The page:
Corbin—102 campers and adults from eight churches attended Camp Courage on July 29-30 at Laurel Lake Baptist Camp. Through the camp theme of “Rejoicing in God’s Works,” attenders learned about Baptist missionaries and outdoor activities as well as teamwork and cooperation to accomplish tasks and solve problems.
“The purpose was two-fold,” said Jon Auten, Royal Ambassadors and Challengers consultant for the Kentucky Women’s Missionary Union. “They meet and hear from missionaries about possibilities on mission fields around the world, and get outside to enjoy God’s creation and learn outdoor skills.”
Children, youth and adults from Parkland and Living Hope churches in Louisville, Frenchburg Church, Immanuel Church in Somerset, Wrigley Church, Knoxville Church in Williamstown, and Liberty Church in Campbellsville participated in the overnight camp, which began with registration and outdoor games on Friday and ended on Saturday afternoon, following an awards ceremony for the various games and competitions.
“It’s a good opportunity for (fathers and sons) to come together. We hope to get the kids excited about missions,” said David Buie, RAs and Challengers representative on the Kentucky WMU Board. “Many of those in the mission field began as RAs as children. (We) do it for the kids and ultimately for the Lord.”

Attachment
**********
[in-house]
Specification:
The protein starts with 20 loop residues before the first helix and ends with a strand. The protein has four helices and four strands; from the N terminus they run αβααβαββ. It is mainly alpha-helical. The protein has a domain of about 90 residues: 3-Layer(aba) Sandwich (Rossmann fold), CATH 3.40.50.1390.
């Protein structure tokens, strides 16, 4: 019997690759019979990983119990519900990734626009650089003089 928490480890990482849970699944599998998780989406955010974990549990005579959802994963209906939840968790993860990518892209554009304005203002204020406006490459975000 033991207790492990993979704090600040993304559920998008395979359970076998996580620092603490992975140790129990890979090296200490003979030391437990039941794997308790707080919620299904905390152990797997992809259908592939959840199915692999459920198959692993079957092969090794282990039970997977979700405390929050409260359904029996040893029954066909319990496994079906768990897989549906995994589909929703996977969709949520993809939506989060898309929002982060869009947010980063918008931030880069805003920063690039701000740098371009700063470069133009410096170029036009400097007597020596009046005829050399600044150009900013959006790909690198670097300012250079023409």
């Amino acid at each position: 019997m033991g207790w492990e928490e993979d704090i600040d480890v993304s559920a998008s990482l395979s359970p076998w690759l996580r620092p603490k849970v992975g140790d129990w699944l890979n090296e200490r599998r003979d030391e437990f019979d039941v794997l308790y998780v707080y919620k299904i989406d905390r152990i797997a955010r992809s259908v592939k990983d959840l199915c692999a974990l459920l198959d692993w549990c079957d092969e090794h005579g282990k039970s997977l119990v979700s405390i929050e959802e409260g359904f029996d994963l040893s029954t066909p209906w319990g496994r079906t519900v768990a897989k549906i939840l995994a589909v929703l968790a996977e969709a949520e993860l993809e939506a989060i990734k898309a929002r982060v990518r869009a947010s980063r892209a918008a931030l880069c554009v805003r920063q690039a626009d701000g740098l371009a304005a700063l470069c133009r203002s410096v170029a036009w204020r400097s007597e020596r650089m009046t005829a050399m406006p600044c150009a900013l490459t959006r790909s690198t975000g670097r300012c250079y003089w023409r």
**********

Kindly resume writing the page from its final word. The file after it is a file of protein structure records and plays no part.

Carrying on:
The camp experience also included worship services. Doug Williams, missions strategist for the Missions Mobilization team at the Kentucky Baptist Convention, preached the sermon for the Friday night service from Numbers 13, using a scene from the movie, “Toy Story,” to illustrate the importance of trusting God even when the circumstances seem impossible.
“The kids need to be on mission wherever they are,” said Williams. “Their schools, neighborhoods and sports teams need to be where they witness.”
For the Saturday afternoon service, the message was brought by Ron Leonard, a North American Mission Board missionary. He, along with his wife Marilyn and dog, Molly, serve as missionaries to military veterans struggling with post-traumatic stress disorder living in the Nashville, Tenn., area. They partner with a larger ministry called “Canines for Christ.”
“The first thing is to know Christ. The second is to make Him known,” said Leonard. “We’re here to help the kids learn how to be on mission.”
Children and adults were encouraged to enthusiastically raise their voices in praise.
“From a young age, guys believe that it’s not manly to sing,” said Steve McDaniel, worship leader for the Camp Courage weekend. “We are commanded to lift our voices in praise to our God. It’s encouraging to see fathers being godly examples to their sons, and to see boys bonding with godly male role models.”
The RAs and youth also participated in knot-tying, campfire-building, archery, rope bridge, compass challenge, fishing, bracelet-making, and RA racer events. Awards were given to first, second and third place finishers.
Camp Courage is a proactive way to connect RAs from across the state and to encourage community and cooperation among RAs from across Kentucky, Auten noted.
“We’re thankful the weather cooperated, and we enjoyed the leaders and kids,” said Auten. “All in all, it was a success.” (WR)